Tag Archives: christmas tree

Christmas tree traditions in Germany

This year we actually did the proper German thing with the Christmas tree. OK, it wasn’t intentional. It was because of all the snow that we didn’t go out early and buy a tree. It was the 23rd by the time I managed to scrape the car free of ice and snow and venture out in search of food, last minute presents and a Christmas tree. Fortunately the entire German nation had also been holed up in the blizzard, so Christmas trees had not sold out.

The tree on arrival was dumped unceremoniously outside the front door where it spent the night.

On Christmas Eve we brought the tree inside and decorated it.

Had we been proper Germans, of course, we would have risked burning the house down and used proper candles on the tree. Given that our house is made of wood and lined with bookshelves, this didn’t sound like the most sensible idea though, so we stuck to electric lights.

Had we been proper Germans, we would have spent the evening sitting round the tree singing “Stille Nacht” and various other traditional Christmas songs. Again, being philistines, in fact although we did gather in the room with the tree, we made our own music which was mainly not particularly Christmassy – although the kids did perform a fabulous jazz version of “Leise rieselt der Schnee” with Dad on piano, son on guitar, youngest daughter on vocals and eldest daughter on the cajon.  Glühwein and Kinderpunsch all round. Admittedly with mince pies.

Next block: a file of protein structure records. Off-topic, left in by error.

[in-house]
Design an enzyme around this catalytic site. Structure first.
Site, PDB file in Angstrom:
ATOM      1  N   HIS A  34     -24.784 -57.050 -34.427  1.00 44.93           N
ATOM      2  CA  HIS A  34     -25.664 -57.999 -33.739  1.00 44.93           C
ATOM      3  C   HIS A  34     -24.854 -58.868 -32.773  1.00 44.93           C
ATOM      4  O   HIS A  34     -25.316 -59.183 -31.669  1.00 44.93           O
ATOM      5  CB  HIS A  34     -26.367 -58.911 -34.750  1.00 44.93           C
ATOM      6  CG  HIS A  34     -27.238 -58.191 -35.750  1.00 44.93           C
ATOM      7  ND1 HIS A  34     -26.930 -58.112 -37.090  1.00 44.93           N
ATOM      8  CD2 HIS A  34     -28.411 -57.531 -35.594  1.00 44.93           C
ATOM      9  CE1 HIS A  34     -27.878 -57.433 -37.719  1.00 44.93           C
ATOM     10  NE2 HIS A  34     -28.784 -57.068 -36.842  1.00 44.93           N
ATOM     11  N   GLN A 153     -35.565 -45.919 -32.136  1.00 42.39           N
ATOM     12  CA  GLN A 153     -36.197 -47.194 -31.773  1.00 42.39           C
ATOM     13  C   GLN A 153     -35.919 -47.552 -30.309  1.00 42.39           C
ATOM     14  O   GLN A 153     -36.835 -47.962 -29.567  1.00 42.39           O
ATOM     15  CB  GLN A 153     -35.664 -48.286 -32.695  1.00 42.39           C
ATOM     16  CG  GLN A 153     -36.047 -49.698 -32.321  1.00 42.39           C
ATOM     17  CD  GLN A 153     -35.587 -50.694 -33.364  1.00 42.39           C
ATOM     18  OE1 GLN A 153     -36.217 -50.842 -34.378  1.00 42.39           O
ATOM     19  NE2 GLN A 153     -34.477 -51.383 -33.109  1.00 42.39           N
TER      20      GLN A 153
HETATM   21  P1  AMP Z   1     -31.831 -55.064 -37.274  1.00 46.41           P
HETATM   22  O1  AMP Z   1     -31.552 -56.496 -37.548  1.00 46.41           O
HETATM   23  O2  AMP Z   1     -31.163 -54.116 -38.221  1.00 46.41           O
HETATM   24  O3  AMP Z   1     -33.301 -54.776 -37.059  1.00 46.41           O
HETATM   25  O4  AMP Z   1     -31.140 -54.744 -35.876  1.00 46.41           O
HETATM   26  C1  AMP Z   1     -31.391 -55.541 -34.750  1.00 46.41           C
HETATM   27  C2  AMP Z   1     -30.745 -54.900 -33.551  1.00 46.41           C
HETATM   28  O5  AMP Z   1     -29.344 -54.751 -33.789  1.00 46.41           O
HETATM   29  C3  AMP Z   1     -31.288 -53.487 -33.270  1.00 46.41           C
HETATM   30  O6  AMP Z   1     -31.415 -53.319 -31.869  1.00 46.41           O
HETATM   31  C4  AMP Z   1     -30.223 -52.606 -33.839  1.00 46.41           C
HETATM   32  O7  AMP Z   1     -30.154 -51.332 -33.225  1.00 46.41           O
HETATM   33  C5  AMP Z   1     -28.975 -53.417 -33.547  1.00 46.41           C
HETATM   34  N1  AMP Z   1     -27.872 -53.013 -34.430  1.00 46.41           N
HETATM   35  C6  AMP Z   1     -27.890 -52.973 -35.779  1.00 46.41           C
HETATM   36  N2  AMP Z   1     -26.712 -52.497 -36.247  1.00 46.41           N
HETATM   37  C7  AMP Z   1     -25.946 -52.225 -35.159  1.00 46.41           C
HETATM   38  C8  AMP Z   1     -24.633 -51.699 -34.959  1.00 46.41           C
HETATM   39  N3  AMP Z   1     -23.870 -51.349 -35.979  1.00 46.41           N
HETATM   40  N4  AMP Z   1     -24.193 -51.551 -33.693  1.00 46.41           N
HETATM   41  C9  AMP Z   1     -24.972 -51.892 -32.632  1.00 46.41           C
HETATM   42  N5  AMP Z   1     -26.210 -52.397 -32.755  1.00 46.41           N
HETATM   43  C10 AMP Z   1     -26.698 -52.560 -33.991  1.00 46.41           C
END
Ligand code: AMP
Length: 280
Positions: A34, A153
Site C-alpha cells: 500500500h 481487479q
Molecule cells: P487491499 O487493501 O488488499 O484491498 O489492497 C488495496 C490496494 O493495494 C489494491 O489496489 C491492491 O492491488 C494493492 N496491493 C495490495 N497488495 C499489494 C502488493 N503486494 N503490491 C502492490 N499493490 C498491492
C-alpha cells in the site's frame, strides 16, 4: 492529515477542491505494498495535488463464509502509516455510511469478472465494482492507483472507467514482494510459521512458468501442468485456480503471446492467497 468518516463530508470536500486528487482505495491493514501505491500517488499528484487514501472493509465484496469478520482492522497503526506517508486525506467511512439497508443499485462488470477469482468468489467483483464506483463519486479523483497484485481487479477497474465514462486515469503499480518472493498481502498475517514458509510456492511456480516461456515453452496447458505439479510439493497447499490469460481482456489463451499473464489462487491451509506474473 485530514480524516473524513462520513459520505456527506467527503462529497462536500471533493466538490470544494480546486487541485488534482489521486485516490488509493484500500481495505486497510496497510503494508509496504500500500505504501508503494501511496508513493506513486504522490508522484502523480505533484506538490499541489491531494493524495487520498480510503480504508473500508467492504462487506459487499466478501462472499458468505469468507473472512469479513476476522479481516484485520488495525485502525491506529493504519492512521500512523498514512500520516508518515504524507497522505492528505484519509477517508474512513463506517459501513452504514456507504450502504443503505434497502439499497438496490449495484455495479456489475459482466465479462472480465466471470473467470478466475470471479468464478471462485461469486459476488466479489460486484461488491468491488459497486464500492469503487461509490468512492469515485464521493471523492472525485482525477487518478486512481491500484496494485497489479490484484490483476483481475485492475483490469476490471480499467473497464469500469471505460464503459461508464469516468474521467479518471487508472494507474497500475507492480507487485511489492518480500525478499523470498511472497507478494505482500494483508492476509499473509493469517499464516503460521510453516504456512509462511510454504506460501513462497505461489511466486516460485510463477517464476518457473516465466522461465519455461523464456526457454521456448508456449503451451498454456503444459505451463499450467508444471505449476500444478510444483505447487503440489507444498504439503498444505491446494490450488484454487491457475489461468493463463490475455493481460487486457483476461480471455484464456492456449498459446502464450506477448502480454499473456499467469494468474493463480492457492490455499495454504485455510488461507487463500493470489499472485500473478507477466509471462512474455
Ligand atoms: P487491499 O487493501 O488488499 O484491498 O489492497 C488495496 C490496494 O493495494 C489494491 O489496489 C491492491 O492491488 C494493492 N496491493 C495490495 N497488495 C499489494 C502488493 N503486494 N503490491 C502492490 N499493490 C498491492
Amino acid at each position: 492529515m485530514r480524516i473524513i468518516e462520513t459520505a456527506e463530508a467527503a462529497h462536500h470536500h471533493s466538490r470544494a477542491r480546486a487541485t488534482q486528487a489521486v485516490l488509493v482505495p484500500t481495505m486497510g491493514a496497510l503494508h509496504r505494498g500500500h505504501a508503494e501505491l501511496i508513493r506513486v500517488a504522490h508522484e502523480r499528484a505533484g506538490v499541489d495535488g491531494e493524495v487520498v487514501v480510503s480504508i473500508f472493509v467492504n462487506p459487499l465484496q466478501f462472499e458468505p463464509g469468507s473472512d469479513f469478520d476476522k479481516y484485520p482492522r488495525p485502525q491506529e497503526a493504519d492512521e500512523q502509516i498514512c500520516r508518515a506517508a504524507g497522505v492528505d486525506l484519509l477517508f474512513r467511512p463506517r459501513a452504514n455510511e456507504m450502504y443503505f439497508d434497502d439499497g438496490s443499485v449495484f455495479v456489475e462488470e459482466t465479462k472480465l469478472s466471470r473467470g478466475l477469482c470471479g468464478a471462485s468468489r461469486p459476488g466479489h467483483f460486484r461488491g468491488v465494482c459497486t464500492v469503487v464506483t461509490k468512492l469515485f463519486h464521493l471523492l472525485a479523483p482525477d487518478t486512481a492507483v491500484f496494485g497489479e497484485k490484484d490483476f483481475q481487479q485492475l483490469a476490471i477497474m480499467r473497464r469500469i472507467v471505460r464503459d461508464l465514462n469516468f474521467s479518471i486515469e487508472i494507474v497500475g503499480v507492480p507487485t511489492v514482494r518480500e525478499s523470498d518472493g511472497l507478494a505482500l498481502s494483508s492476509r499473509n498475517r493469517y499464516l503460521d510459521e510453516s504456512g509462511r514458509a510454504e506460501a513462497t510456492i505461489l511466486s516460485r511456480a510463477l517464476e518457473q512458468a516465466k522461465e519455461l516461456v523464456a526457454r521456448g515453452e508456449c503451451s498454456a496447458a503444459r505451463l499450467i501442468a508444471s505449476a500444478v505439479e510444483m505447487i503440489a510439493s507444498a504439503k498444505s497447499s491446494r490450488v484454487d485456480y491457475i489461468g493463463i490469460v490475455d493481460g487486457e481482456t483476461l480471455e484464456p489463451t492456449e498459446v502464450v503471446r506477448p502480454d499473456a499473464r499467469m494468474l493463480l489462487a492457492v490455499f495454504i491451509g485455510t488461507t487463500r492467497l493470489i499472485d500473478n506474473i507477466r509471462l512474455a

Presents definitely not opened on Christmas Eve though. We’re not that German!

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German Christmas pyramids

Christmas is the time of year when you construct pyramids in your house.  I don’t mean a Valley of the Kings stone affair… I mean a wooden one with candles and a windmill on the top. Obviously.

The Christmas pyramid is a sort of Heath-Robinson contraption which uses the convection current of hot air from candles to power a windmill and spin the pyramid. Unlike most other German inventions, this one has absolutely no practical purpose. None whatsoever.

Most German homes are content with a small table-top affair these days. Something that looks like this.

By Richard Huber (Own work) [CC-BY-SA-3.0 (www.creativecommons.org/licenses/by-sa/3.0)], via Wikimedia Commons

German towns and cities tend to build rather grander versions – often displayed at the local Christmas market.  The figures on the different tiers of the pyramids rotate, to indicate to people that they have drunk rather more Glühwein than is good for them.  Or something.

Creative Commons

Originally these decorative carved pyramids date from the middle ages and symbolise light driving away darkness at Christmas time (literally and figuratively).  They pre-date the Christmas tree, which became a more popular decoration – probably due to it being easier to chop down a tree and bring it into the house than to spend months whittling away carving a wooden Christmas pyramid.

Many Germans still use real candles to illuminate their Christmas trees – at the annual risk of burning the house down, of course. What is it about Christmas that suddenly makes an otherwise sensible nation forget about Vorsprung durch Technik?

Wikimedia Commons

In the old days families would add to their collection of wooden figures in the Christmas pyramid every year, in the same way that nowadays people buy a few new baubles for the Christmas tree. For those who are trying to decide between a real or an artificial Christmas tree this year – a Christmas Pyramid could be the most amazing artificial tree you ever bought!